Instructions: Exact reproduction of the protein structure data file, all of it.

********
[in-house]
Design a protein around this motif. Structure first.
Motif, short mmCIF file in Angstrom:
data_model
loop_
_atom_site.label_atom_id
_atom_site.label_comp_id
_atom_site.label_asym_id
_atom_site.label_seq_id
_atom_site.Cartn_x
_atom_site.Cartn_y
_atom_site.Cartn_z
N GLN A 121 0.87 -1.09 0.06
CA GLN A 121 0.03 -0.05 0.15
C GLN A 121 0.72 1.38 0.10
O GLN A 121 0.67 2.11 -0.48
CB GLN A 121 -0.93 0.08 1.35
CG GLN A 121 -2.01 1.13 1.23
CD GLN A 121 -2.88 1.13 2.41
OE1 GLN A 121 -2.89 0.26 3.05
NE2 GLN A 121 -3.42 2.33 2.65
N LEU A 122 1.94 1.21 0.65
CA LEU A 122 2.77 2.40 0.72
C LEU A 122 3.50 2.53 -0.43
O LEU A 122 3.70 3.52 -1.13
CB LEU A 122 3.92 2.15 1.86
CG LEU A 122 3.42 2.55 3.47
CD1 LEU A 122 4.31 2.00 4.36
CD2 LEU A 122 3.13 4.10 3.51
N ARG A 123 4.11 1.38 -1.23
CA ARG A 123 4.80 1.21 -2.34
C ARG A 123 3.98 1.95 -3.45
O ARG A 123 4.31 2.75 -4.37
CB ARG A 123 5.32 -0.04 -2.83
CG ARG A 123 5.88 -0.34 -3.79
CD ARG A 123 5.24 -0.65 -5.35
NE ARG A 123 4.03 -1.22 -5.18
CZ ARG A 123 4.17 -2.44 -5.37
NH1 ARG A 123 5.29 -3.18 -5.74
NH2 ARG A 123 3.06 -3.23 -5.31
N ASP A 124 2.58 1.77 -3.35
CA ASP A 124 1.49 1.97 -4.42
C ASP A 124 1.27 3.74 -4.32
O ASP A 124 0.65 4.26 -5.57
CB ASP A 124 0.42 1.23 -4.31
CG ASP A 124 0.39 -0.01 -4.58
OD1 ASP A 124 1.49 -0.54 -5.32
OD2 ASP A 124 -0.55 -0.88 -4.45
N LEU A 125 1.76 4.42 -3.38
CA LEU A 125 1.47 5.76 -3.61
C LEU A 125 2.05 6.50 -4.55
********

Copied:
[in-house]
Design a protein around this motif. Structure first.
Motif, short mmCIF file in Angstrom:
data_model
loop_
_atom_site.label_atom_id
_atom_site.label_comp_id
_atom_site.label_asym_id
_atom_site.label_seq_id
_atom_site.Cartn_x
_atom_site.Cartn_y
_atom_site.Cartn_z
N GLN A 121 0.87 -1.09 0.06
CA GLN A 121 0.03 -0.05 0.15
C GLN A 121 0.72 1.38 0.10
O GLN A 121 0.67 2.11 -0.48
CB GLN A 121 -0.93 0.08 1.35
CG GLN A 121 -2.01 1.13 1.23
CD GLN A 121 -2.88 1.13 2.41
OE1 GLN A 121 -2.89 0.26 3.05
NE2 GLN A 121 -3.42 2.33 2.65
N LEU A 122 1.94 1.21 0.65
CA LEU A 122 2.77 2.40 0.72
C LEU A 122 3.50 2.53 -0.43
O LEU A 122 3.70 3.52 -1.13
CB LEU A 122 3.92 2.15 1.86
CG LEU A 122 3.42 2.55 3.47
CD1 LEU A 122 4.31 2.00 4.36
CD2 LEU A 122 3.13 4.10 3.51
N ARG A 123 4.11 1.38 -1.23
CA ARG A 123 4.80 1.21 -2.34
C ARG A 123 3.98 1.95 -3.45
O ARG A 123 4.31 2.75 -4.37
CB ARG A 123 5.32 -0.04 -2.83
CG ARG A 123 5.88 -0.34 -3.79
CD ARG A 123 5.24 -0.65 -5.35
NE ARG A 123 4.03 -1.22 -5.18
CZ ARG A 123 4.17 -2.44 -5.37
NH1 ARG A 123 5.29 -3.18 -5.74
NH2 ARG A 123 3.06 -3.23 -5.31
N ASP A 124 2.58 1.77 -3.35
CA ASP A 124 1.49 1.97 -4.42
C ASP A 124 1.27 3.74 -4.32
O ASP A 124 0.65 4.26 -5.57
CB ASP A 124 0.42 1.23 -4.31
CG ASP A 124 0.39 -0.01 -4.58
OD1 ASP A 124 1.49 -0.54 -5.32
OD2 ASP A 124 -0.55 -0.88 -4.45
N LEU A 125 1.76 4.42 -3.38
CA LEU A 125 1.47 5.76 -3.61
C LEU A 125 2.05 6.50 -4.55